Before we launched, we first chose a name, a logo, an editorial focus and a target audience for the project.

I had never been involved with coming up with starting an entire new project before. The main challenge was that we couldn’t just develop an idea that interested us. Our project had to be something that other people would want to visit as well.

The only constraints that our producers gave to us were that the project had to take a mobile-first approach and that the content had to be about North Carolina politics.

Unfortunately, “politics” is not always a buzz word that attracts ordinary people, even though it affects most aspects of our daily lives.

With this in mind, we started thinking about which sort of people might want to look at our site. To do this, we borrowed a term from the tech world called “use cases.” Use cases are imaginary people or types of people who might use a product or visit a website. Software engineers consider use cases to try to predict which problems might arise when real people start using a product.

For example, a software designer might not realize that if you highlight a whole webpage by accident and hit enter, the browser will crash. But by thinking about what 11-year-old Emma might do when she starts using the page, they can foresee problems.

As a team, we created five use cases to represent the sort of people that we thought might be interested in our site. We gave each use case a short biography and a name.

We started with someone who is genuinely interested in politics: Poli Paul. We described him as a 40-year-old political nerd, likely to share our articles with his friends online and show off his knowledge of politics. He would also likely comment, interacting with the conversation we hoped to provoke. He would be interested in our blogs and the well-researched information we would include in articles.








Our next use case was Media Michael. He is a 28-year-old media junkie who is tech savvy and familiar with cutting-edge journalistic techniques. We thought that he would be highly critical of our journalistic skills but looking for inspiration in the things that we do. Like Poli Paul, he would be highly likely to share our work.








Another use case shared some characteristics with many North Carolina residents. Daycare Deb is a 33-year-old mother who is concerned about the stability of the economy. She is a Pinterest user who is still relatively new to social media but excited about what she’s seen so far. She owns an iPad, which might make our content appealing to her.








Because we are a student-run organization, some members of our audience might be college-age students who have heard about us on campus. The two types of students whom we thought would look at the site were an average college student with only a casual interest in politics and an activist student who prided herself on her knowledge of current issues.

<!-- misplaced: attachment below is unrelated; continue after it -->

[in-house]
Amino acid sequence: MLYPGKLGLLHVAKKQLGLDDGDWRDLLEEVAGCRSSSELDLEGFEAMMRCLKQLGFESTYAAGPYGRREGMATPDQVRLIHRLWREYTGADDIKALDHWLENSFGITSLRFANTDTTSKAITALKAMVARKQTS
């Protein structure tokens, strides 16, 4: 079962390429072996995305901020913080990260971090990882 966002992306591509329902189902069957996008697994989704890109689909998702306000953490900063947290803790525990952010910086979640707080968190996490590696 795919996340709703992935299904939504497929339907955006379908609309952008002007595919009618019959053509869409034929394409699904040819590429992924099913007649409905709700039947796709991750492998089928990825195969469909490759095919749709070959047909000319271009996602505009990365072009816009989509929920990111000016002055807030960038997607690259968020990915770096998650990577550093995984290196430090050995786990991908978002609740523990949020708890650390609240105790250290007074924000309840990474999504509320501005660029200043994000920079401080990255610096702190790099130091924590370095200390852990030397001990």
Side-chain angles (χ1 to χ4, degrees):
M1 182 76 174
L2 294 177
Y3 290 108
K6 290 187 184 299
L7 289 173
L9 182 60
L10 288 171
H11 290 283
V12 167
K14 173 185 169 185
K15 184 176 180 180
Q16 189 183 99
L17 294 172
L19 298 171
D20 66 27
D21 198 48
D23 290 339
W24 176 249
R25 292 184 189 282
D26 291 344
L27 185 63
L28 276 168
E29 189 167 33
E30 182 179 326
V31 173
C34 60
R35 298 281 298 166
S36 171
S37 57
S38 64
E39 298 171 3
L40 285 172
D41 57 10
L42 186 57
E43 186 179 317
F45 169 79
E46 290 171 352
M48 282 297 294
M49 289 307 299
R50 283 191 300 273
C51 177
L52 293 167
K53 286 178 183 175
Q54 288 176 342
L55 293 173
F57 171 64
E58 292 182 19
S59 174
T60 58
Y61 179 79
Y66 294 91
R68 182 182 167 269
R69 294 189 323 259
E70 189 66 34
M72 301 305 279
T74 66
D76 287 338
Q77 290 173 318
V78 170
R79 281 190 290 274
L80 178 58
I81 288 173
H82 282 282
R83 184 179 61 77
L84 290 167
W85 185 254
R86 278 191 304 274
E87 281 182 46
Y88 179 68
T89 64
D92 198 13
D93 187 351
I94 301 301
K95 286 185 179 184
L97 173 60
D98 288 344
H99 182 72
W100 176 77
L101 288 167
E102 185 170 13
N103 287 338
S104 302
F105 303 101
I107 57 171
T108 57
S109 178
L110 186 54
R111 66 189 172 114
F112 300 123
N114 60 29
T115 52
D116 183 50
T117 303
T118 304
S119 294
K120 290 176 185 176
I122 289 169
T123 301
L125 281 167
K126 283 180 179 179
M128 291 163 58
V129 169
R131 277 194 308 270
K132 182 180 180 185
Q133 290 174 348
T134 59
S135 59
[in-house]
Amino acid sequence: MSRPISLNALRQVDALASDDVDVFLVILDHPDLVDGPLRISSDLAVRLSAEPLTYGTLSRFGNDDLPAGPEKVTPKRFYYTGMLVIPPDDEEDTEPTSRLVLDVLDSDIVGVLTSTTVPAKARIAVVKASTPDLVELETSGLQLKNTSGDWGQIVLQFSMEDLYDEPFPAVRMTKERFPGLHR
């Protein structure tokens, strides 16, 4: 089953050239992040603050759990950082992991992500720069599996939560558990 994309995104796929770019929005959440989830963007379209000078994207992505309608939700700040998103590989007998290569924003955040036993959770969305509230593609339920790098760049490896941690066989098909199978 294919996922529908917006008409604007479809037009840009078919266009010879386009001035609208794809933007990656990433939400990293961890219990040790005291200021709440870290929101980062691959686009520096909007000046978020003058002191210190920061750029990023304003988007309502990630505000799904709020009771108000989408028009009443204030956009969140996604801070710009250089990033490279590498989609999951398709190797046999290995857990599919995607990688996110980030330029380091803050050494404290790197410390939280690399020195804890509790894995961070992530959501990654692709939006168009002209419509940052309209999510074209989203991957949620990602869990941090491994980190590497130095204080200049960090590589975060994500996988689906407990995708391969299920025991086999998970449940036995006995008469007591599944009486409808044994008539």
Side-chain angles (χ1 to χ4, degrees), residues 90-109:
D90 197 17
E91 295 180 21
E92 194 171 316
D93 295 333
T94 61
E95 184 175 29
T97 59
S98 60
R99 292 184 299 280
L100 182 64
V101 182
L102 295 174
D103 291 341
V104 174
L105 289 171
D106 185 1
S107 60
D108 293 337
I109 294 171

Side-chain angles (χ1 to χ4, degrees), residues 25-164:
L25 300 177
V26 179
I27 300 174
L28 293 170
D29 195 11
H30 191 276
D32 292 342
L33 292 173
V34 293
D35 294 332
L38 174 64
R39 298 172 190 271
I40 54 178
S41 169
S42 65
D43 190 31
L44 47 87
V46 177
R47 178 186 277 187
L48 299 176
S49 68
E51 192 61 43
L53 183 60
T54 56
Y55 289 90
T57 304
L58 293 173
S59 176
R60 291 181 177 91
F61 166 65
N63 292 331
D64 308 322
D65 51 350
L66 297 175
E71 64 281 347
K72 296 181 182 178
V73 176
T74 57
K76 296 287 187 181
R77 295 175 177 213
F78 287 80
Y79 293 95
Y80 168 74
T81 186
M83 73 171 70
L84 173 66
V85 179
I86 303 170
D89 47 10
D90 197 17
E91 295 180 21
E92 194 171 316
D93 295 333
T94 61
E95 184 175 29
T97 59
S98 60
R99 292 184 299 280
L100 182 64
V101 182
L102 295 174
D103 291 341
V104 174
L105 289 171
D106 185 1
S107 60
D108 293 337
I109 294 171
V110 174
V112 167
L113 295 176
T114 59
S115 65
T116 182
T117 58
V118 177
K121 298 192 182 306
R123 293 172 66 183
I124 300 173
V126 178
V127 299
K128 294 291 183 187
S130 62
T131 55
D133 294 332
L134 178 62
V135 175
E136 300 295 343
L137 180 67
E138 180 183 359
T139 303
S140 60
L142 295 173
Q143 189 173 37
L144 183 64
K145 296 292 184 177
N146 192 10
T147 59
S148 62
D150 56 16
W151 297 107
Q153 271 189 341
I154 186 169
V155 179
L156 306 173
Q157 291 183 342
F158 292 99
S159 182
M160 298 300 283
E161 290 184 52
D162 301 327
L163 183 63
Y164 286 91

We called the average college student Ambivalent Andy. He is a 22-year-old who gets all of his political information from Comedy Central’s The Daily Show with Jon Stewart. So although he is slightly informed, he requires concise wording and attractive design to pry him away from a corn hole game or his Spanish homework.








Hipster Helena was our other college student. She is 20 years old and a young opinion leader. She most likely has a Tumblr page and every other kind of social media profile. She is tech-savvy and a bit of a media snob. But she uses her skills to keep up to date on the news. She is passionate about social issues and wants to know all that she can about them. She will then use this knowledge to show off how cool and informed she is.








Keeping these use cases in mind, we focused story development around ideas that would attract the kinds of people the cases represented. We also considered the use cases in choosing the site’s tagline: “We make politics personal.”

Each time we pitched a story, someone would ask, “Who is going to read this? Media Michael? Daycare Deb? Definitely not Ambivalent Andy. There isn’t anything about about beer in the story.” If a story would not appeal to any of our use cases, we eliminated it from consideration.

To me, having this mindset for every story was a new way of thinking. It was never enough that a story was specific to North Carolina, related to politics and mobile-friendly. We also had to cater to our audience of use cases.

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